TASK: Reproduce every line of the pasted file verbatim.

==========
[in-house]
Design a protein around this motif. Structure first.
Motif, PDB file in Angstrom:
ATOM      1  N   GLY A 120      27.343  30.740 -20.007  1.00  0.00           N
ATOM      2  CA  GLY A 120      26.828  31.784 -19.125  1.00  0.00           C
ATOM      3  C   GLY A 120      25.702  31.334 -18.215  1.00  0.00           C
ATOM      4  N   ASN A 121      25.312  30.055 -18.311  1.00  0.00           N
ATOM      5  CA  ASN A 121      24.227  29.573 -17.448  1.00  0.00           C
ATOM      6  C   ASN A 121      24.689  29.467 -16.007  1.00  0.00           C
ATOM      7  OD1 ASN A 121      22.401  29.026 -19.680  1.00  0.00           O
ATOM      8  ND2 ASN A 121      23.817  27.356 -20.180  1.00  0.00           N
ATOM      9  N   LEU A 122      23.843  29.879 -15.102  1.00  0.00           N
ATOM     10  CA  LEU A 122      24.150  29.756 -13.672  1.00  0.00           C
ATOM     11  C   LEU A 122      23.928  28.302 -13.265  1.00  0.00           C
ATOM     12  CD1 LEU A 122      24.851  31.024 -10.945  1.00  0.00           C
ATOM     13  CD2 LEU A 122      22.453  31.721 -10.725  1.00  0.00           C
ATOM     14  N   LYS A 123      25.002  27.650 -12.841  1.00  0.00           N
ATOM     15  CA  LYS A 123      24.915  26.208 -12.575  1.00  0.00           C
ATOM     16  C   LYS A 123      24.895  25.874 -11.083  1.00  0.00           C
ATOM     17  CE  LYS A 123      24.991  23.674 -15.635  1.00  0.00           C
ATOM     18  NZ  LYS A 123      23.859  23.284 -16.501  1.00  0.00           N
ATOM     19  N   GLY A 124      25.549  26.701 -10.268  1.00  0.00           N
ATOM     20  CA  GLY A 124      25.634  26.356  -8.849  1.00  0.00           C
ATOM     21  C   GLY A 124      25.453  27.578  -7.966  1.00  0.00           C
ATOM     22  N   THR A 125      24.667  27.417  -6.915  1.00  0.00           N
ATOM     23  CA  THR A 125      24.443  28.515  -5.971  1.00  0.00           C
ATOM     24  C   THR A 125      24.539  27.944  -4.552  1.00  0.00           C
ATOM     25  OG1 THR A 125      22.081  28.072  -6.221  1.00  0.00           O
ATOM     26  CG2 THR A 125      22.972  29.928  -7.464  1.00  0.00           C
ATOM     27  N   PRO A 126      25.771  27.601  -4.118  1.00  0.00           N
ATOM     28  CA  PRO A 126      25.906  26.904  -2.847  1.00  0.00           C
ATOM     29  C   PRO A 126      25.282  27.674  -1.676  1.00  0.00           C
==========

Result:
[in-house]
Design a protein around this motif. Structure first.
Motif, PDB file in Angstrom:
ATOM      1  N   GLY A 120      27.343  30.740 -20.007  1.00  0.00           N
ATOM      2  CA  GLY A 120      26.828  31.784 -19.125  1.00  0.00           C
ATOM      3  C   GLY A 120      25.702  31.334 -18.215  1.00  0.00           C
ATOM      4  N   ASN A 121      25.312  30.055 -18.311  1.00  0.00           N
ATOM      5  CA  ASN A 121      24.227  29.573 -17.448  1.00  0.00           C
ATOM      6  C   ASN A 121      24.689  29.467 -16.007  1.00  0.00           C
ATOM      7  OD1 ASN A 121      22.401  29.026 -19.680  1.00  0.00           O
ATOM      8  ND2 ASN A 121      23.817  27.356 -20.180  1.00  0.00           N
ATOM      9  N   LEU A 122      23.843  29.879 -15.102  1.00  0.00           N
ATOM     10  CA  LEU A 122      24.150  29.756 -13.672  1.00  0.00           C
ATOM     11  C   LEU A 122      23.928  28.302 -13.265  1.00  0.00           C
ATOM     12  CD1 LEU A 122      24.851  31.024 -10.945  1.00  0.00           C
ATOM     13  CD2 LEU A 122      22.453  31.721 -10.725  1.00  0.00           C
ATOM     14  N   LYS A 123      25.002  27.650 -12.841  1.00  0.00           N
ATOM     15  CA  LYS A 123      24.915  26.208 -12.575  1.00  0.00           C
ATOM     16  C   LYS A 123      24.895  25.874 -11.083  1.00  0.00           C
ATOM     17  CE  LYS A 123      24.991  23.674 -15.635  1.00  0.00           C
ATOM     18  NZ  LYS A 123      23.859  23.284 -16.501  1.00  0.00           N
ATOM     19  N   GLY A 124      25.549  26.701 -10.268  1.00  0.00           N
ATOM     20  CA  GLY A 124      25.634  26.356  -8.849  1.00  0.00           C
ATOM     21  C   GLY A 124      25.453  27.578  -7.966  1.00  0.00           C
ATOM     22  N   THR A 125      24.667  27.417  -6.915  1.00  0.00           N
ATOM     23  CA  THR A 125      24.443  28.515  -5.971  1.00  0.00           C
ATOM     24  C   THR A 125      24.539  27.944  -4.552  1.00  0.00           C
ATOM     25  OG1 THR A 125      22.081  28.072  -6.221  1.00  0.00           O
ATOM     26  CG2 THR A 125      22.972  29.928  -7.464  1.00  0.00           C
ATOM     27  N   PRO A 126      25.771  27.601  -4.118  1.00  0.00           N
ATOM     28  CA  PRO A 126      25.906  26.904  -2.847  1.00  0.00           C
ATOM     29  C   PRO A 126      25.282  27.674  -1.676  1.00  0.00           C